Neeharika: For me, it’s probably been having students in younger cohorts really get behind the podcast. Oh and being featured on Gilbert+Tobin’s instagram was mind blowing for us!
Now that I’m thinking about it, there have been lots of highlights, but one that I’ll always remember is having a student say that she wasn’t sure about applying at a firm, and once she listened to our podcast, she felt like it’d be a great fit and was really excited to apply.
Paige: A very recent highlight, would be that a firm from Sydney emailed to talk about coming onto the podcast. This was the first time a firm had approached us about the podcast, which was very exciting and a nice change from our current approach where Neeharika and I email as many people as we can find email addresses for!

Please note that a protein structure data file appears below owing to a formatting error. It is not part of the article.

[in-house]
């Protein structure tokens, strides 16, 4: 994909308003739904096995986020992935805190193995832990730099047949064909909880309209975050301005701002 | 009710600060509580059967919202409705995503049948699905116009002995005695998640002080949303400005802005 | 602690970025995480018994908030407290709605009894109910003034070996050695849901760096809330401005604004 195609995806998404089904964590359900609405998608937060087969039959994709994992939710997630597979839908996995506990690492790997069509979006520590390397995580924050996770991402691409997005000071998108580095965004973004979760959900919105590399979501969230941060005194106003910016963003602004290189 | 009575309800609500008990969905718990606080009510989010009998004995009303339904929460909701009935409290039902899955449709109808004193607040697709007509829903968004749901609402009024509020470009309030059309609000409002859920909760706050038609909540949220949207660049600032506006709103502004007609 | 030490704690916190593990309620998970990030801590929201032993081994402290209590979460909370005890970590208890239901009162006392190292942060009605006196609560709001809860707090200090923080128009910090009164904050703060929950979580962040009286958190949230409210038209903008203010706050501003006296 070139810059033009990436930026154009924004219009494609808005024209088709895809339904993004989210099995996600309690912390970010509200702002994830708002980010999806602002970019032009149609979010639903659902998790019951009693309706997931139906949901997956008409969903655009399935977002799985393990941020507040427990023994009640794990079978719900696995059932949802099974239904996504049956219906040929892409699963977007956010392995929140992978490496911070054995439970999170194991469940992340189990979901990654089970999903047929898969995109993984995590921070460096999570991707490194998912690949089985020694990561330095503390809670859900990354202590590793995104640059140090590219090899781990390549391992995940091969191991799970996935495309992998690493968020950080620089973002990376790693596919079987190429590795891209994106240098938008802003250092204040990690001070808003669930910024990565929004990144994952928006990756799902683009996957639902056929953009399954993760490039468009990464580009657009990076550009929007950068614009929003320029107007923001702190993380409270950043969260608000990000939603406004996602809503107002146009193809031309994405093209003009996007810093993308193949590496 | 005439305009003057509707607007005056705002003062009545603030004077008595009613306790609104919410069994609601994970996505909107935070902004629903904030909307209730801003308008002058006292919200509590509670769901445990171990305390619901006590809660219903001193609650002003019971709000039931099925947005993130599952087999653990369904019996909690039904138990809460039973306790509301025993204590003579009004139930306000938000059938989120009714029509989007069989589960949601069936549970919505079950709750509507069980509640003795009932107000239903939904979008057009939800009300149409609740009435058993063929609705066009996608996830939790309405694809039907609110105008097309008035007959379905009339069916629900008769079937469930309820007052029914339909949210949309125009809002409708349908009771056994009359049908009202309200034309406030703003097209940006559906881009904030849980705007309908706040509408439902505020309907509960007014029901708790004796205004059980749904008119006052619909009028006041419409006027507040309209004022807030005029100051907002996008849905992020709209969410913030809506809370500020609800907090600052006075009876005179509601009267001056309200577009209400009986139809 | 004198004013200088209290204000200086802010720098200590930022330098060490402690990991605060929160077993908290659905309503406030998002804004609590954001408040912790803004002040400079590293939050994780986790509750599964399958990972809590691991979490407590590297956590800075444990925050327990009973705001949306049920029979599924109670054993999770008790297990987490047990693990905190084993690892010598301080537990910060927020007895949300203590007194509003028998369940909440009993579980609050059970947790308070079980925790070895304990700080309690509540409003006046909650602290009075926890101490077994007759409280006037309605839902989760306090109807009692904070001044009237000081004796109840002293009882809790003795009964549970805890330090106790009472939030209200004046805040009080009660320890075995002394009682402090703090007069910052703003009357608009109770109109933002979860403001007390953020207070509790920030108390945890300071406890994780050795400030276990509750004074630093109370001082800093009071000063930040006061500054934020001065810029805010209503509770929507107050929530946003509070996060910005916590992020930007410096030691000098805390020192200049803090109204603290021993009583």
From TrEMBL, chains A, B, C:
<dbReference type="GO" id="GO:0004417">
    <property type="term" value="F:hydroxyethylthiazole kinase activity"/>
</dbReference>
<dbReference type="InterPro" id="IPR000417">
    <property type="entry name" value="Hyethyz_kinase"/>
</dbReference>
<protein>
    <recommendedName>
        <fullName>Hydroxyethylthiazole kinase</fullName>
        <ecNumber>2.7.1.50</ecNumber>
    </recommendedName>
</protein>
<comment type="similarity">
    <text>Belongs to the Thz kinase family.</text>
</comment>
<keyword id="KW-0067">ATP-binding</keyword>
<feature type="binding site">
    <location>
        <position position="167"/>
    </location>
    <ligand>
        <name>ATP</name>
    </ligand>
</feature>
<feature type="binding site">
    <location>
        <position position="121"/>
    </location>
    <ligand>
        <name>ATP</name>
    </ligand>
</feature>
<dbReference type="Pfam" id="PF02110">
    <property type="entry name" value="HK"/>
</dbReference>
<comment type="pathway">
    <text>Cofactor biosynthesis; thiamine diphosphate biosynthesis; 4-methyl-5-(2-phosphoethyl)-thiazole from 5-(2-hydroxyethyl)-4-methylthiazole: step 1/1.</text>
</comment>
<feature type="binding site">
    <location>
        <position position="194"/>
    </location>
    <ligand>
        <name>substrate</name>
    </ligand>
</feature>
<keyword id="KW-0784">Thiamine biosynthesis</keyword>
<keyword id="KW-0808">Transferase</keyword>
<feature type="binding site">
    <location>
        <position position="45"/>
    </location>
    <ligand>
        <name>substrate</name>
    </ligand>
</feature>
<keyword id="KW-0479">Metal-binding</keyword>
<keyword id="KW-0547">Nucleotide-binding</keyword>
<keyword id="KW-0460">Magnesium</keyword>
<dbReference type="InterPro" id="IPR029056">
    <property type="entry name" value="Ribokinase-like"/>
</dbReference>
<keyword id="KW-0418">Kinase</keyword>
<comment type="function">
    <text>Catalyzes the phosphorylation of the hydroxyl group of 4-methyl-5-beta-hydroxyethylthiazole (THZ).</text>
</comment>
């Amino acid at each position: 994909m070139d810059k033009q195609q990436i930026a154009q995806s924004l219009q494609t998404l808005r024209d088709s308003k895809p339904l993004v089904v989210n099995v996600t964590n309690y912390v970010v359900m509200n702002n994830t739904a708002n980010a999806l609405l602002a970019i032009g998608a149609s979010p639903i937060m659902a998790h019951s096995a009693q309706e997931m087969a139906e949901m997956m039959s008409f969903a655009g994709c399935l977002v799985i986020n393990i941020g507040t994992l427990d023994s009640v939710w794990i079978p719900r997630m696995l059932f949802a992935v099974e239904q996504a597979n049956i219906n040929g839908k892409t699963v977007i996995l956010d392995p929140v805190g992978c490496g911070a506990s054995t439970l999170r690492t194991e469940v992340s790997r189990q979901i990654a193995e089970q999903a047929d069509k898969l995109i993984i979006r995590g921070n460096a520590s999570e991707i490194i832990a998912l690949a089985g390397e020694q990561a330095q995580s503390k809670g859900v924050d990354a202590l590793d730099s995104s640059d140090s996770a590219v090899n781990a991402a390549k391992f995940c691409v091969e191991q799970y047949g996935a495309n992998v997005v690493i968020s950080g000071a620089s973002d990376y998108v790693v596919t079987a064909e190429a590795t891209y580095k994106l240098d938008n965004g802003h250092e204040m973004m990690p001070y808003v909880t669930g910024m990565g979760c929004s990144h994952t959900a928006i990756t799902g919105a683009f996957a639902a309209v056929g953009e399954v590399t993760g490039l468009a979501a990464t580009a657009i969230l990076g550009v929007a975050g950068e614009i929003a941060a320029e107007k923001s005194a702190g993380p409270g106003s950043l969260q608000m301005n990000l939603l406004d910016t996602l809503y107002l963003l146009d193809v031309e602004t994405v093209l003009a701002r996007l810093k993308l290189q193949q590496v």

What’s next for Behind the Grind? Where do you plan on taking your audience over the next few months?
Well, once our Clerkship Season wraps up in October, we’ll be going into our Private Practice season. We’re really excited about it because we’ve already got 8 boutique/mid-tier firms lined up to speak about the really niche work they do. So, look out for an episode on Food & Beverage Law!
In 2021, we’re hoping for a Partner spin-off season, interviews with In-House Counsels at top companies and even more!
Make sure to let us know if you have any firms or areas of law that you’d like to hear about, and we’ll do the hard work for you. Email us at firstname.lastname@example.org.
And finally, what should people do so that they keep up to date with everything Behind the Grind does? (how can they listen etc.)
And to listen go to https://linktr.ee/behindthegrindpod, or check out our most recent episodes below!
Indigenous Cultural and Intellectual Property with Terri Janke and Company – Behind the Grind Podcast (AUS)
Thanks for having us, PD!